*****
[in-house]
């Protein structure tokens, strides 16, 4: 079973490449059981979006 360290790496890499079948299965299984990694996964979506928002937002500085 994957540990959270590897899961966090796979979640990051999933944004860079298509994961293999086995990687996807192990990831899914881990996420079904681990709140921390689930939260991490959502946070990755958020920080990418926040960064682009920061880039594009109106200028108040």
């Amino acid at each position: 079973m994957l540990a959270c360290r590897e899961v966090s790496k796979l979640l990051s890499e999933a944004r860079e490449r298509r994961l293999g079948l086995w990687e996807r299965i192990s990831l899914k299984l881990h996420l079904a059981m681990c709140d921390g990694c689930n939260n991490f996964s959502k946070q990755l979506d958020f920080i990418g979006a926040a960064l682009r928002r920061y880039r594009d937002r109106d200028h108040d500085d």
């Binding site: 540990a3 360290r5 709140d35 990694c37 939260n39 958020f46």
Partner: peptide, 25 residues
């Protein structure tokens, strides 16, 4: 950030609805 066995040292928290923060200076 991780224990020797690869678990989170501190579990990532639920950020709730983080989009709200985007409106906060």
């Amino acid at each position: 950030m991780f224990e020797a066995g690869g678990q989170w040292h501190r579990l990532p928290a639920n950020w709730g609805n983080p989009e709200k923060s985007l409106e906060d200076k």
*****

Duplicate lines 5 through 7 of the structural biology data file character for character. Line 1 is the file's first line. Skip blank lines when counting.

Partner: peptide, 25 residues
């Protein structure tokens, strides 16, 4: 950030609805 066995040292928290923060200076 991780224990020797690869678990989170501190579990990532639920950020709730983080989009709200985007409106906060």
């Amino acid at each position: 950030m991780f224990e020797a066995g690869g678990q989170w040292h501190r579990l990532p928290a639920n950020w709730g609805n983080p989009e709200k923060s985007l409106e906060d200076k």